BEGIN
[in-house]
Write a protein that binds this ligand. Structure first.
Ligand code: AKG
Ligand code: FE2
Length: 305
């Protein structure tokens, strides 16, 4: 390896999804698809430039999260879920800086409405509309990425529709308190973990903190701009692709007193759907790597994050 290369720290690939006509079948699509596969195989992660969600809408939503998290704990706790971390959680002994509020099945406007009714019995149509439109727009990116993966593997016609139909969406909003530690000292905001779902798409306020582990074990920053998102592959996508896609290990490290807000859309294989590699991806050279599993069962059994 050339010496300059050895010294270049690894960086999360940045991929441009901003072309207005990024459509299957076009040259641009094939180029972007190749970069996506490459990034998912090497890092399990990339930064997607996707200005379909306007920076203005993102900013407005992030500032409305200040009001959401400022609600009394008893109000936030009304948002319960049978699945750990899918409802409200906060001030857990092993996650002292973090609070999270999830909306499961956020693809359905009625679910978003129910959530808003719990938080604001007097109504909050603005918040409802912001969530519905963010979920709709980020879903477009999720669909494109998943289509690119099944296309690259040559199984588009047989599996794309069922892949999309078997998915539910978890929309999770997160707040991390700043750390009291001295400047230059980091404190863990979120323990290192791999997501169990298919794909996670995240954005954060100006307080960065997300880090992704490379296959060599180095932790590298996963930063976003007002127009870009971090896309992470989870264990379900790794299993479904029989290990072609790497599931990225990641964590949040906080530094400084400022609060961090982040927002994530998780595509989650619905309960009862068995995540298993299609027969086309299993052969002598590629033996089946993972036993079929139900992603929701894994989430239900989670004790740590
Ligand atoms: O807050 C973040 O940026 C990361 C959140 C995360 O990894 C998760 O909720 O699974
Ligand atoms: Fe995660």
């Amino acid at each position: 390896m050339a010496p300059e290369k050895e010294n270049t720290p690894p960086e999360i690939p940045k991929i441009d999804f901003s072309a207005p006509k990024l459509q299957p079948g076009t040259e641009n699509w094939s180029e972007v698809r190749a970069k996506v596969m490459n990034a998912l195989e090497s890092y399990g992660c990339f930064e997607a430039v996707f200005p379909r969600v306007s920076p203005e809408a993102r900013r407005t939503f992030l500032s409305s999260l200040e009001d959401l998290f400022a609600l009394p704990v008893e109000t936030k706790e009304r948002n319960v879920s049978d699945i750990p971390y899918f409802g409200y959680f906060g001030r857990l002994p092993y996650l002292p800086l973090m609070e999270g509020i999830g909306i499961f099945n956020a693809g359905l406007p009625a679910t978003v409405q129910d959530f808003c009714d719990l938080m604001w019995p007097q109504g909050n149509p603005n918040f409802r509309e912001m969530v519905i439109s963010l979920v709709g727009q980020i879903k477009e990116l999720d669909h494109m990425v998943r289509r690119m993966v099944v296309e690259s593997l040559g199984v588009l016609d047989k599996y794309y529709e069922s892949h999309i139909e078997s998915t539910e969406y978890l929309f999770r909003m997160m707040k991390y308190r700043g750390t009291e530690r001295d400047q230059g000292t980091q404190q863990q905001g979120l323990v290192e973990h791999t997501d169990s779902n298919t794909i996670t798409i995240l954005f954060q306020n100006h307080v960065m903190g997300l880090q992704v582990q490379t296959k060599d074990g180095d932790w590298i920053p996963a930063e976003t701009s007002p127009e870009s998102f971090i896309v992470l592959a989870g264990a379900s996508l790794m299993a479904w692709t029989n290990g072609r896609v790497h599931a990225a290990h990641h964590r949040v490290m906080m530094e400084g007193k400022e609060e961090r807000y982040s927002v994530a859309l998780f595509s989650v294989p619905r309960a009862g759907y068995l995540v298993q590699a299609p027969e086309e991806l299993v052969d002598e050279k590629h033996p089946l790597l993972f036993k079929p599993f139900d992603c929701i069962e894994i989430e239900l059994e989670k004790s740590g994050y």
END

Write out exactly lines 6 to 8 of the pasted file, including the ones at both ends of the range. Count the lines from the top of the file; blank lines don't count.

């Protein structure tokens, strides 16, 4: 390896999804698809430039999260879920800086409405509309990425529709308190973990903190701009692709007193759907790597994050 290369720290690939006509079948699509596969195989992660969600809408939503998290704990706790971390959680002994509020099945406007009714019995149509439109727009990116993966593997016609139909969406909003530690000292905001779902798409306020582990074990920053998102592959996508896609290990490290807000859309294989590699991806050279599993069962059994 050339010496300059050895010294270049690894960086999360940045991929441009901003072309207005990024459509299957076009040259641009094939180029972007190749970069996506490459990034998912090497890092399990990339930064997607996707200005379909306007920076203005993102900013407005992030500032409305200040009001959401400022609600009394008893109000936030009304948002319960049978699945750990899918409802409200906060001030857990092993996650002292973090609070999270999830909306499961956020693809359905009625679910978003129910959530808003719990938080604001007097109504909050603005918040409802912001969530519905963010979920709709980020879903477009999720669909494109998943289509690119099944296309690259040559199984588009047989599996794309069922892949999309078997998915539910978890929309999770997160707040991390700043750390009291001295400047230059980091404190863990979120323990290192791999997501169990298919794909996670995240954005954060100006307080960065997300880090992704490379296959060599180095932790590298996963930063976003007002127009870009971090896309992470989870264990379900790794299993479904029989290990072609790497599931990225990641964590949040906080530094400084400022609060961090982040927002994530998780595509989650619905309960009862068995995540298993299609027969086309299993052969002598590629033996089946993972036993079929139900992603929701894994989430239900989670004790740590
Ligand atoms: O807050 C973040 O940026 C990361 C959140 C995360 O990894 C998760 O909720 O699974
Ligand atoms: Fe995660």